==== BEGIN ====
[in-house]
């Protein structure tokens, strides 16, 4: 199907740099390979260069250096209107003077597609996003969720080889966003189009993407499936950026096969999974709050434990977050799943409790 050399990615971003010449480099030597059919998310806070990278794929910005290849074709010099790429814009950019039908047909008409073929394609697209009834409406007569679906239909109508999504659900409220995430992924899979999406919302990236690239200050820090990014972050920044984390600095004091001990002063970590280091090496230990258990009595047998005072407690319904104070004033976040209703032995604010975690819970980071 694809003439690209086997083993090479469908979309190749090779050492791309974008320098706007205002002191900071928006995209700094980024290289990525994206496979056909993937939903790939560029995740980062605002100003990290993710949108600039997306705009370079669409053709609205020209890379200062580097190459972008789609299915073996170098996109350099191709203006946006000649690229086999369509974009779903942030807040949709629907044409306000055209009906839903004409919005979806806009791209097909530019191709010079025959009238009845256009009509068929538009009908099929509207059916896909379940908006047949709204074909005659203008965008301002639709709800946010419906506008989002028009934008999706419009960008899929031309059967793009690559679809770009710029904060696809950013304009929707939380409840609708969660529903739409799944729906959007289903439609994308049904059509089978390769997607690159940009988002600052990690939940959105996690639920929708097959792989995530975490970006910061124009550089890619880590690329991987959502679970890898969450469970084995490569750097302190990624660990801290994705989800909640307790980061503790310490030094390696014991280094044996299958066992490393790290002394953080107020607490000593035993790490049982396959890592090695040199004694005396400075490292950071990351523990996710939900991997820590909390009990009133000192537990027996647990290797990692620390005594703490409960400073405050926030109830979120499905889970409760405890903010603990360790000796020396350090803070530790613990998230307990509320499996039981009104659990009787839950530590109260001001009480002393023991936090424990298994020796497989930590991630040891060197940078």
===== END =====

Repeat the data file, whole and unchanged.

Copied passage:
[in-house]
């Protein structure tokens, strides 16, 4: 199907740099390979260069250096209107003077597609996003969720080889966003189009993407499936950026096969999974709050434990977050799943409790 050399990615971003010449480099030597059919998310806070990278794929910005290849074709010099790429814009950019039908047909008409073929394609697209009834409406007569679906239909109508999504659900409220995430992924899979999406919302990236690239200050820090990014972050920044984390600095004091001990002063970590280091090496230990258990009595047998005072407690319904104070004033976040209703032995604010975690819970980071 694809003439690209086997083993090479469908979309190749090779050492791309974008320098706007205002002191900071928006995209700094980024290289990525994206496979056909993937939903790939560029995740980062605002100003990290993710949108600039997306705009370079669409053709609205020209890379200062580097190459972008789609299915073996170098996109350099191709203006946006000649690229086999369509974009779903942030807040949709629907044409306000055209009906839903004409919005979806806009791209097909530019191709010079025959009238009845256009009509068929538009009908099929509207059916896909379940908006047949709204074909005659203008965008301002639709709800946010419906506008989002028009934008999706419009960008899929031309059967793009690559679809770009710029904060696809950013304009929707939380409840609708969660529903739409799944729906959007289903439609994308049904059509089978390769997607690159940009988002600052990690939940959105996690639920929708097959792989995530975490970006910061124009550089890619880590690329991987959502679970890898969450469970084995490569750097302190990624660990801290994705989800909640307790980061503790310490030094390696014991280094044996299958066992490393790290002394953080107020607490000593035993790490049982396959890592090695040199004694005396400075490292950071990351523990996710939900991997820590909390009990009133000192537990027996647990290797990692620390005594703490409960400073405050926030109830979120499905889970409760405890903010603990360790000796020396350090803070530790613990998230307990509320499996039981009104659990009787839950530590109260001001009480002393023991936090424990298994020796497989930590991630040891060197940078």